1990 81,777 −2.7%
2000 81,821 0.1%
2010 82,795 1.2%
Est. 2016 82,629 [2] −0.2%
U.S. Decennial Census[14]

Upper Darby is one of Pennsylvania's most diverse communities.[15] As of Census 2010, the racial makeup of the township was 56.6% White, 27.5% African American, 0.2% Native American, 11.1% Asian, 1.9% from other races, and 2.7% from two or more races. Hispanic or Latino of any race were 4.5% of the population [1].

As of the census[16] of 2000, there were 85,038 people, 32,551 households, and 20,474 families residing in the township. The population density was 14,658.7 people per square mile. There were 34,322 housing units at an average density of 4,361.6 per square mile (1,683.8/km²). The racial makeup of Upper Darby was 59.1% White; 20.5% African American; 15.3% Asian; 0.12% Native American; 0.03% Pacific Islander; 0.52% from other races and 2.3% from two or more races. Hispanics or Latinos of any race were 2.4% of the population

There were 32,551 households, out of which 31.0% had children under the age of 18 living with them, 45.0% were married couples living together, 13.4% had a female householder with no husband present, and 37.1% were non-families. 31.6% of all households were made up of individuals, and 11.5% had someone living alone who was 65 years of age or older. The average household size was 2.50 and the average family size was 3.23.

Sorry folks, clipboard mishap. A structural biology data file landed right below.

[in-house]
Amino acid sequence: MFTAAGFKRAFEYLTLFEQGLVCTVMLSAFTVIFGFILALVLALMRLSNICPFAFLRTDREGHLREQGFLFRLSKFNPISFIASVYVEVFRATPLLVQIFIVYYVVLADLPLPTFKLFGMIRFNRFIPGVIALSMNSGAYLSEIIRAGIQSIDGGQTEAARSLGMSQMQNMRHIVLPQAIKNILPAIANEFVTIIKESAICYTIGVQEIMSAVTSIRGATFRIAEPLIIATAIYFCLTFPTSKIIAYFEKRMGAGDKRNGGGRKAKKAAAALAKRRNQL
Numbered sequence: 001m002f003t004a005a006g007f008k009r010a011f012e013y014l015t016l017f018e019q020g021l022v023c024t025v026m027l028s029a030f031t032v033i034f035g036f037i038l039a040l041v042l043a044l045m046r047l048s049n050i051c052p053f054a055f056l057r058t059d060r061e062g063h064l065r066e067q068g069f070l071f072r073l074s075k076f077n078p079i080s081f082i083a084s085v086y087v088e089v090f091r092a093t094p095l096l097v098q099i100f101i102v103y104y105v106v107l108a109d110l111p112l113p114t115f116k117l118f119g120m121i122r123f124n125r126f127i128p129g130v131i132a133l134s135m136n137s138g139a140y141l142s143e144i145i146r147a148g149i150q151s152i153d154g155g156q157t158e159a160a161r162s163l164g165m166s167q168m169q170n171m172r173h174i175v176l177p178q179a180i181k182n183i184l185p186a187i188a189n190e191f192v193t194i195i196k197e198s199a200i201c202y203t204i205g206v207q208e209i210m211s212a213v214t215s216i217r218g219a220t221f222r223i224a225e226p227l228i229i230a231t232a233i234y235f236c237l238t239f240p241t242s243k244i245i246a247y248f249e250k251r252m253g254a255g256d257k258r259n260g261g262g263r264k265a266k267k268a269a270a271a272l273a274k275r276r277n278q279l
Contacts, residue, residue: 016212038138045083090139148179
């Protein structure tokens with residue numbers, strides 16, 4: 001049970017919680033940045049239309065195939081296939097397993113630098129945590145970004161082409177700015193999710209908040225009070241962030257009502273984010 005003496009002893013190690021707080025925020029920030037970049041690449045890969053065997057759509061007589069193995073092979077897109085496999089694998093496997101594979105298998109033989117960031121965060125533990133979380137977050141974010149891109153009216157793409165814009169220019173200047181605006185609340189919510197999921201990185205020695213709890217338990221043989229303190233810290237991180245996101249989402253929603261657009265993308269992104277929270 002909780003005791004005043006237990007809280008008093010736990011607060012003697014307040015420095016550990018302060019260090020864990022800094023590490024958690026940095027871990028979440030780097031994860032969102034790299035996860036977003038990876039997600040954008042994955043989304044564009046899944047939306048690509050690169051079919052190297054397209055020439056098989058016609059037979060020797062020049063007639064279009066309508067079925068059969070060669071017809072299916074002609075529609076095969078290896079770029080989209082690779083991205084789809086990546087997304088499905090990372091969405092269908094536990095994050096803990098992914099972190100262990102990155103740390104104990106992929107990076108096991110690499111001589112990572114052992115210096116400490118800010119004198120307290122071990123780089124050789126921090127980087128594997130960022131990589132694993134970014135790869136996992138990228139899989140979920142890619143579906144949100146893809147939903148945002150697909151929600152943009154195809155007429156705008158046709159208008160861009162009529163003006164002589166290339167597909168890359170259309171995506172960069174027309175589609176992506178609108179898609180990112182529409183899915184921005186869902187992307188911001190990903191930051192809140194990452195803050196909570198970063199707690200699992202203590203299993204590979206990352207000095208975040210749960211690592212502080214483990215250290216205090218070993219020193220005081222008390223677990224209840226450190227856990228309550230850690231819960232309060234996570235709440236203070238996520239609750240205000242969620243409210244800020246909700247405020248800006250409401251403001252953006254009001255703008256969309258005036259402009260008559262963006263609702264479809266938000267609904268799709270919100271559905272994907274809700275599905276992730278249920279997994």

Upper Darby, along with Cheltenham and West Philadelphia, are areas around Philadelphia that have significant Korean populations

In the township the population was spread out, with 25.2% under the age of 18, 8.4% from 18 to 24, 32.8% from 25 to 44, 19.9% from 45 to 64 and 13.7% who were 65 years of age or older. The median age was 35 years. For every 100 females, there were 91.6 males. For every 100 females age 18 and over, there were 88.2 males.

The median income for a household in the township was $41,489, and median income for a family was $52,500. Males had a median income of $38,090 versus $30,416 for females. The per capita income for the township was $20,770. About 7.3% of families and 9.1% of the population were below the poverty line, including 11.1% of those under age 18 and 6.9% of those age 65 or over.[17]

Upper Darby, along with Cheltenham and West Philadelphia are the areas in the Philadelphia region that have large Korean populations.[citation needed] The original Koreatown was in the Olney section of the city, and then moved to Logan section.

Primos Branch of the Upper Darby Public Library

Historic sites[edit]

Education[edit]